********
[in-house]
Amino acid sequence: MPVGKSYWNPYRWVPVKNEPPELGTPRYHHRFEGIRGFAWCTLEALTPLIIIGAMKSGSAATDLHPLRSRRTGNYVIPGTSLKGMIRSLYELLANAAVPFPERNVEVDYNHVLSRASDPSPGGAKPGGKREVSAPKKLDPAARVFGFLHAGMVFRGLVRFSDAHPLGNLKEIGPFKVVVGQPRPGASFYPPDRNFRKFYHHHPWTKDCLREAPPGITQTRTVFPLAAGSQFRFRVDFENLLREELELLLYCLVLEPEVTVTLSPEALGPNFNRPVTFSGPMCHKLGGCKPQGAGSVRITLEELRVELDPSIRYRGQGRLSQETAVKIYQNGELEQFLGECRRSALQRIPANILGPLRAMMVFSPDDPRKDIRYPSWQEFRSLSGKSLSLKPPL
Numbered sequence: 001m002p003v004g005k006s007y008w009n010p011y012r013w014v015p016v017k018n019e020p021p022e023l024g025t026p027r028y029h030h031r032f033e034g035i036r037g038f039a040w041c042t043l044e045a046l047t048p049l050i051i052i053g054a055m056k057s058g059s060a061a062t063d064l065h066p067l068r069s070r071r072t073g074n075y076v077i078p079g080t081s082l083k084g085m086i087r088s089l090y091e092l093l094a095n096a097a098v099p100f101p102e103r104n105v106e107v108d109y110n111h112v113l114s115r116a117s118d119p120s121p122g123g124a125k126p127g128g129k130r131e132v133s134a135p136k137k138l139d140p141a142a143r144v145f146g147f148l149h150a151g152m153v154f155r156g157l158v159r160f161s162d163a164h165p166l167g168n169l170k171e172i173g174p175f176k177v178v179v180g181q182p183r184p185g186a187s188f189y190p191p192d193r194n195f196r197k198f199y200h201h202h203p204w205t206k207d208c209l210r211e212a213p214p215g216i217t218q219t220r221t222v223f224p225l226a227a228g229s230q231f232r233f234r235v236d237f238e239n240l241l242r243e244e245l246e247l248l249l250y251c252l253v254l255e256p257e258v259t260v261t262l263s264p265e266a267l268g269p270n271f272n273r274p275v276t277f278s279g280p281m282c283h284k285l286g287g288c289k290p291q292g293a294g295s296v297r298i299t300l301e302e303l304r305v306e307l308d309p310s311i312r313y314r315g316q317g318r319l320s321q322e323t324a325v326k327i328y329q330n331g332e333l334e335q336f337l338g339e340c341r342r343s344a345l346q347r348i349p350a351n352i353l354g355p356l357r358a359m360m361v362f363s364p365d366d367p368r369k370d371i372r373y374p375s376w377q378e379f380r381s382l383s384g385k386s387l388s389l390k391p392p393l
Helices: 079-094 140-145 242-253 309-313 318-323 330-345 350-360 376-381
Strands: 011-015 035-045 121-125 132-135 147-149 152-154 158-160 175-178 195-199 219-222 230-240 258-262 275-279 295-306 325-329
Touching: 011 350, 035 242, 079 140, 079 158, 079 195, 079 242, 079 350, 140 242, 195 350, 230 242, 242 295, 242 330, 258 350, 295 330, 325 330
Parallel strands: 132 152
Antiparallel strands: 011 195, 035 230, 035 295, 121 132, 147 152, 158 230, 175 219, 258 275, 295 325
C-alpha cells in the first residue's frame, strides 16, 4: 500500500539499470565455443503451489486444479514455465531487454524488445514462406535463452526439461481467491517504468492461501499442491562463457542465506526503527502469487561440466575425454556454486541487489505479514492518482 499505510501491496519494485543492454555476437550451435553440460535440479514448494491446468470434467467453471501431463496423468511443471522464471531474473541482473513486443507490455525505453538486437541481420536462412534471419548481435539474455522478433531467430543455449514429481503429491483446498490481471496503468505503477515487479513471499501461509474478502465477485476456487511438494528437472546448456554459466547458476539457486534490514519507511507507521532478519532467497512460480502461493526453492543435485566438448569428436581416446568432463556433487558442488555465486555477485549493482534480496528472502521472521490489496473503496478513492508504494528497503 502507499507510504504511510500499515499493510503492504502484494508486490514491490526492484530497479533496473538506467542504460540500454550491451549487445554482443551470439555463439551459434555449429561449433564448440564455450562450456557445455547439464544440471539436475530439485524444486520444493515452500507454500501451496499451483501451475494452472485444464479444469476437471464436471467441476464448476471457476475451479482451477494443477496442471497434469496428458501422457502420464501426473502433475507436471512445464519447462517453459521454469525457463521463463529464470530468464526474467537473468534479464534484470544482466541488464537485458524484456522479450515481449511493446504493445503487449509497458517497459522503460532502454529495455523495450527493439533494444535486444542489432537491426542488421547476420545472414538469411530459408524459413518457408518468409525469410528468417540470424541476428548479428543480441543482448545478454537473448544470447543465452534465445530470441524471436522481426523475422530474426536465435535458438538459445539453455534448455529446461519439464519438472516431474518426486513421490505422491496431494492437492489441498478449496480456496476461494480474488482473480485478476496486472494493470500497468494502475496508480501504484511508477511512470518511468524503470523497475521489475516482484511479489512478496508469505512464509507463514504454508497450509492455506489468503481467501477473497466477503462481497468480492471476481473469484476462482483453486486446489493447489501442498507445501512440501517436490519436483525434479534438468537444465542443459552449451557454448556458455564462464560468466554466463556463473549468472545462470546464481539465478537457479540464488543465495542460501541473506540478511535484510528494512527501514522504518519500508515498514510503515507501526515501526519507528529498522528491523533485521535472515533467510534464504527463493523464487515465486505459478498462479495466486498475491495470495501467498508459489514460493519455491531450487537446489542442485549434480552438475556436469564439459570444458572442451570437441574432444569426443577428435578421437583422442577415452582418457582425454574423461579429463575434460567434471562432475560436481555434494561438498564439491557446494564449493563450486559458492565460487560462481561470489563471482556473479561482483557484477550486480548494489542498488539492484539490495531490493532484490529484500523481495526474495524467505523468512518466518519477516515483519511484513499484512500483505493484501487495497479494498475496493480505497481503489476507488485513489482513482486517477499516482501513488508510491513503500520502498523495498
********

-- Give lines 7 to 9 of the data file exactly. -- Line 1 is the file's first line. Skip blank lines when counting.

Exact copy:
Parallel strands: 132 152
Antiparallel strands: 011 195, 035 230, 035 295, 121 132, 147 152, 158 230, 175 219, 258 275, 295 325
C-alpha cells in the first residue's frame, strides 16, 4: 500500500539499470565455443503451489486444479514455465531487454524488445514462406535463452526439461481467491517504468492461501499442491562463457542465506526503527502469487561440466575425454556454486541487489505479514492518482 499505510501491496519494485543492454555476437550451435553440460535440479514448494491446468470434467467453471501431463496423468511443471522464471531474473541482473513486443507490455525505453538486437541481420536462412534471419548481435539474455522478433531467430543455449514429481503429491483446498490481471496503468505503477515487479513471499501461509474478502465477485476456487511438494528437472546448456554459466547458476539457486534490514519507511507507521532478519532467497512460480502461493526453492543435485566438448569428436581416446568432463556433487558442488555465486555477485549493482534480496528472502521472521490489496473503496478513492508504494528497503 502507499507510504504511510500499515499493510503492504502484494508486490514491490526492484530497479533496473538506467542504460540500454550491451549487445554482443551470439555463439551459434555449429561449433564448440564455450562450456557445455547439464544440471539436475530439485524444486520444493515452500507454500501451496499451483501451475494452472485444464479444469476437471464436471467441476464448476471457476475451479482451477494443477496442471497434469496428458501422457502420464501426473502433475507436471512445464519447462517453459521454469525457463521463463529464470530468464526474467537473468534479464534484470544482466541488464537485458524484456522479450515481449511493446504493445503487449509497458517497459522503460532502454529495455523495450527493439533494444535486444542489432537491426542488421547476420545472414538469411530459408524459413518457408518468409525469410528468417540470424541476428548479428543480441543482448545478454537473448544470447543465452534465445530470441524471436522481426523475422530474426536465435535458438538459445539453455534448455529446461519439464519438472516431474518426486513421490505422491496431494492437492489441498478449496480456496476461494480474488482473480485478476496486472494493470500497468494502475496508480501504484511508477511512470518511468524503470523497475521489475516482484511479489512478496508469505512464509507463514504454508497450509492455506489468503481467501477473497466477503462481497468480492471476481473469484476462482483453486486446489493447489501442498507445501512440501517436490519436483525434479534438468537444465542443459552449451557454448556458455564462464560468466554466463556463473549468472545462470546464481539465478537457479540464488543465495542460501541473506540478511535484510528494512527501514522504518519500508515498514510503515507501526515501526519507528529498522528491523533485521535472515533467510534464504527463493523464487515465486505459478498462479495466486498475491495470495501467498508459489514460493519455491531450487537446489542442485549434480552438475556436469564439459570444458572442451570437441574432444569426443577428435578421437583422442577415452582418457582425454574423461579429463575434460567434471562432475560436481555434494561438498564439491557446494564449493563450486559458492565460487560462481561470489563471482556473479561482483557484477550486480548494489542498488539492484539490495531490493532484490529484500523481495526474495524467505523468512518466518519477516515483519511484513499484512500483505493484501487495497479494498475496493480505497481503489476507488485513489482513482486517477499516482501513488508510491513503500520502498523495498